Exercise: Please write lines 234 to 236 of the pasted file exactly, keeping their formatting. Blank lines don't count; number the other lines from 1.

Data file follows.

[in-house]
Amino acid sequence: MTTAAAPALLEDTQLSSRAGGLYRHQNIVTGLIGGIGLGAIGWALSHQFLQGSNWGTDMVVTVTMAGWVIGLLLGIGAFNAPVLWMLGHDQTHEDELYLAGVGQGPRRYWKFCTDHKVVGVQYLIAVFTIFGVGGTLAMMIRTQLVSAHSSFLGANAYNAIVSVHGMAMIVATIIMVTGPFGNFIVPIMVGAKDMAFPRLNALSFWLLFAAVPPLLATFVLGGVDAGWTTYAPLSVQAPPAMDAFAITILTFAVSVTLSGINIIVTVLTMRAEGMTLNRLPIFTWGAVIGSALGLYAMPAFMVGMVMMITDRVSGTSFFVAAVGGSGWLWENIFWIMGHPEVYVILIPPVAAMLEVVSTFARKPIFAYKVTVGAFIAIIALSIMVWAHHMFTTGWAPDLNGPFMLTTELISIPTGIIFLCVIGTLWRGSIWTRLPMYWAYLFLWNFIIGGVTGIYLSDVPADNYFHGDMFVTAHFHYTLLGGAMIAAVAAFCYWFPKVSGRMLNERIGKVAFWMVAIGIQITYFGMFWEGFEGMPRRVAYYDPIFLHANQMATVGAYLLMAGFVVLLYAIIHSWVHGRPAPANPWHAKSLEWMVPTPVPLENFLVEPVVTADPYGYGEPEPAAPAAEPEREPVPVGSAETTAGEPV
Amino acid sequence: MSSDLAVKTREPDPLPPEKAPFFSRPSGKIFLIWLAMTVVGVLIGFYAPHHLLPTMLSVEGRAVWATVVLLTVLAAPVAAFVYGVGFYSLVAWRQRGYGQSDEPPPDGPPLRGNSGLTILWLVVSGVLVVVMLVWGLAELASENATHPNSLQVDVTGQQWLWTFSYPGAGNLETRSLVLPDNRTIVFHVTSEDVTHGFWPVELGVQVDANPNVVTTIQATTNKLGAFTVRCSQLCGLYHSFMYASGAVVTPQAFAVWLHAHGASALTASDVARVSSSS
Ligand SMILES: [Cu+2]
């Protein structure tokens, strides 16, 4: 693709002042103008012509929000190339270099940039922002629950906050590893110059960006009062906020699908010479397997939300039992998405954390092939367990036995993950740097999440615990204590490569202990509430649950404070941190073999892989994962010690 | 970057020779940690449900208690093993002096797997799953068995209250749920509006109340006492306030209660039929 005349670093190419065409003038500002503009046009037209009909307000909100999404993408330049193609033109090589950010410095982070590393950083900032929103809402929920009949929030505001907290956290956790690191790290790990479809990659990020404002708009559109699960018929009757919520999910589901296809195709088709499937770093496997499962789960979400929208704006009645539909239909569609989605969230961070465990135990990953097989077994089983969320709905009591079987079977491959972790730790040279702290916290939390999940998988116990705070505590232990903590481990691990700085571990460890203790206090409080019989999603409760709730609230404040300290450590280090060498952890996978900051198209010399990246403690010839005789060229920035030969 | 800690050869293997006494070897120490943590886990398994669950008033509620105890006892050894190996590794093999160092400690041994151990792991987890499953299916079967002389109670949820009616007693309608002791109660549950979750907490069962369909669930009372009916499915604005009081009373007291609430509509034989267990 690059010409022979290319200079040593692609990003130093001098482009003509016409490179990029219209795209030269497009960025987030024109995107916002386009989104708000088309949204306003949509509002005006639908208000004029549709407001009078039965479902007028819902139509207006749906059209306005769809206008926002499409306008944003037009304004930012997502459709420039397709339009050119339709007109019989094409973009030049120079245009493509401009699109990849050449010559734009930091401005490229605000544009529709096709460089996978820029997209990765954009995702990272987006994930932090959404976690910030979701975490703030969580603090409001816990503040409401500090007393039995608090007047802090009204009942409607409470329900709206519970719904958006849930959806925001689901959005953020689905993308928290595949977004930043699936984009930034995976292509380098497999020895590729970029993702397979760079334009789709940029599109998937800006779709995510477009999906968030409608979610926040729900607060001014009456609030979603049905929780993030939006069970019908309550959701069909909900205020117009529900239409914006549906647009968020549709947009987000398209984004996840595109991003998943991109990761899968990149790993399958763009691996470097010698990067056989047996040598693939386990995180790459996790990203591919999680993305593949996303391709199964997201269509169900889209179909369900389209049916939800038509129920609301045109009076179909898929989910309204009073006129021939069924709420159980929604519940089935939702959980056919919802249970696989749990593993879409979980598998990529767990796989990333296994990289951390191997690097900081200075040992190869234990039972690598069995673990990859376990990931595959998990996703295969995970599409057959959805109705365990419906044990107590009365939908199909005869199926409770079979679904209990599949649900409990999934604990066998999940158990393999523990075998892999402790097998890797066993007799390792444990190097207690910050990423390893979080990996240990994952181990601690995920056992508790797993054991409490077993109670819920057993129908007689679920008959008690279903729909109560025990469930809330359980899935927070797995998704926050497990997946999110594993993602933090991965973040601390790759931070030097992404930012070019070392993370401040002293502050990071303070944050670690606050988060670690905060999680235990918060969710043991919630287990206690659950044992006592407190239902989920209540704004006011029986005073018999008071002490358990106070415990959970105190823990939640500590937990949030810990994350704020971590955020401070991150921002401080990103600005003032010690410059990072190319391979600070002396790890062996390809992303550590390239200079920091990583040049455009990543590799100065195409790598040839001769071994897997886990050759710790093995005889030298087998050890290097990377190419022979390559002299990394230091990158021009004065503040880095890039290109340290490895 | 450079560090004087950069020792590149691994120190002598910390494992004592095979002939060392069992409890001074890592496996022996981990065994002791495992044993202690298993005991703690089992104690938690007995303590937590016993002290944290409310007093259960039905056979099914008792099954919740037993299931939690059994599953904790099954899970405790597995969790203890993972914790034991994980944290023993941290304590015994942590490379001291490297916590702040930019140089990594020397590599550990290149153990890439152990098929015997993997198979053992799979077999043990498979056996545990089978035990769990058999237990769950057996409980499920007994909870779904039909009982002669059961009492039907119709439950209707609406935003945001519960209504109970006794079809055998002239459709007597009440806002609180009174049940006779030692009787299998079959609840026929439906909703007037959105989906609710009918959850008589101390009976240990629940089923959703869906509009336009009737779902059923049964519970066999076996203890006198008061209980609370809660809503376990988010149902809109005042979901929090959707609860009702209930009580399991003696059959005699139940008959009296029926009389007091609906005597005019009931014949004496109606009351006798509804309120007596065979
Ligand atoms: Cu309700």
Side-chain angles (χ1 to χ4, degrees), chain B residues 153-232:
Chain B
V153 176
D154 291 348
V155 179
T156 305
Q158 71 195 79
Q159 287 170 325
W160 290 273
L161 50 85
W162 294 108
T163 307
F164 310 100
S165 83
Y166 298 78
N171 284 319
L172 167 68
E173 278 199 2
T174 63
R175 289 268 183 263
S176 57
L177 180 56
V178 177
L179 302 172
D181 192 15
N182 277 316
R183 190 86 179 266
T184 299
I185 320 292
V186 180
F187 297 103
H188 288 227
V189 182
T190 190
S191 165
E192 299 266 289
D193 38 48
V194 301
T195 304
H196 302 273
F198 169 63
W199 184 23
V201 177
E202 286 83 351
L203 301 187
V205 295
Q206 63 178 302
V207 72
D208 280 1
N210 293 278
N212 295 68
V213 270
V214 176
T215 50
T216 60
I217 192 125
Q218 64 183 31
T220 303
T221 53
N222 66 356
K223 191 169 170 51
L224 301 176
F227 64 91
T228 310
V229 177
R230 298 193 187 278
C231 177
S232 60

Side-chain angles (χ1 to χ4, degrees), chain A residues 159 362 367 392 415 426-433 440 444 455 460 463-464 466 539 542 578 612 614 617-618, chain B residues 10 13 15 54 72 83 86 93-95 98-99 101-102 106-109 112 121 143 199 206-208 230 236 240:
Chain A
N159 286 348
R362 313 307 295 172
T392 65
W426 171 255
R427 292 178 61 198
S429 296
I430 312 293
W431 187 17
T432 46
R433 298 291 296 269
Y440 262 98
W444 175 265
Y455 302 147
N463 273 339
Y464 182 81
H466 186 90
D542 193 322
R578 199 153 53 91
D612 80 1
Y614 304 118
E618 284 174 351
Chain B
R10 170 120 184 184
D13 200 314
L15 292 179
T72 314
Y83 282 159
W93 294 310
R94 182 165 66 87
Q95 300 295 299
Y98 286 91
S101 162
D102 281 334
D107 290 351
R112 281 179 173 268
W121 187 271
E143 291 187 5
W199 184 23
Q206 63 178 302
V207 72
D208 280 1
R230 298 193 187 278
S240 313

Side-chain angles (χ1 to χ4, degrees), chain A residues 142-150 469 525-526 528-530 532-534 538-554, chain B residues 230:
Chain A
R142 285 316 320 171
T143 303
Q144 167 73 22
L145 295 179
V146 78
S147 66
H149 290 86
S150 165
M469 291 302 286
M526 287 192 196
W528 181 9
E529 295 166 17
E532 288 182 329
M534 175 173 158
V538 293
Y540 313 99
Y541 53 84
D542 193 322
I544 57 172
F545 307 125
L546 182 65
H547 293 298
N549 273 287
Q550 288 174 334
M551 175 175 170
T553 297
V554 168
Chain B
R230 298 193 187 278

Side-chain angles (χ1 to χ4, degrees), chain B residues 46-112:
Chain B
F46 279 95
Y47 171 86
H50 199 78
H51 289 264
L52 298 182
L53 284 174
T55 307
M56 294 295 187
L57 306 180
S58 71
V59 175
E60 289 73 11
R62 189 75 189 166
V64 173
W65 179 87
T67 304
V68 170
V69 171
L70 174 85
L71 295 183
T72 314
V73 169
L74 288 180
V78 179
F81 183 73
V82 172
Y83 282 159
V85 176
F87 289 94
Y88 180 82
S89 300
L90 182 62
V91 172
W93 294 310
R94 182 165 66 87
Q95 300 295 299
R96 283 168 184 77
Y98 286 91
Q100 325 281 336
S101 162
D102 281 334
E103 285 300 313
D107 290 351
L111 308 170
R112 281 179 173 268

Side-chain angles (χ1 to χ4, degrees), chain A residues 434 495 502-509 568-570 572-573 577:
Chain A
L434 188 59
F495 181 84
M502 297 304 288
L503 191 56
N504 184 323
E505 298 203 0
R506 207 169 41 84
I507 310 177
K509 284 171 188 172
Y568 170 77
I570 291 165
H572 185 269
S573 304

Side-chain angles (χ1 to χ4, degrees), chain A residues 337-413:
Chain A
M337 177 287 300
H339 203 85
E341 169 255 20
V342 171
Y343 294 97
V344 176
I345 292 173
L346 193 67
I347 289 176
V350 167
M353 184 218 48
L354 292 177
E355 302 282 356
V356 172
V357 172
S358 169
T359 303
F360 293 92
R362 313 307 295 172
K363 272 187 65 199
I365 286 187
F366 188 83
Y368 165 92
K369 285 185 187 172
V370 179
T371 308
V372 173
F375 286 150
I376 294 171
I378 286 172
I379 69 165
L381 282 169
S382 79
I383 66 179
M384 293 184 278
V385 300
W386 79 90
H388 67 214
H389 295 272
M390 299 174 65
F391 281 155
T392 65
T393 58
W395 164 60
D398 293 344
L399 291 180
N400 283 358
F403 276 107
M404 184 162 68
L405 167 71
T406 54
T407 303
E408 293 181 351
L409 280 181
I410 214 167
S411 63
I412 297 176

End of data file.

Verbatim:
K363 272 187 65 199
I365 286 187
F366 188 83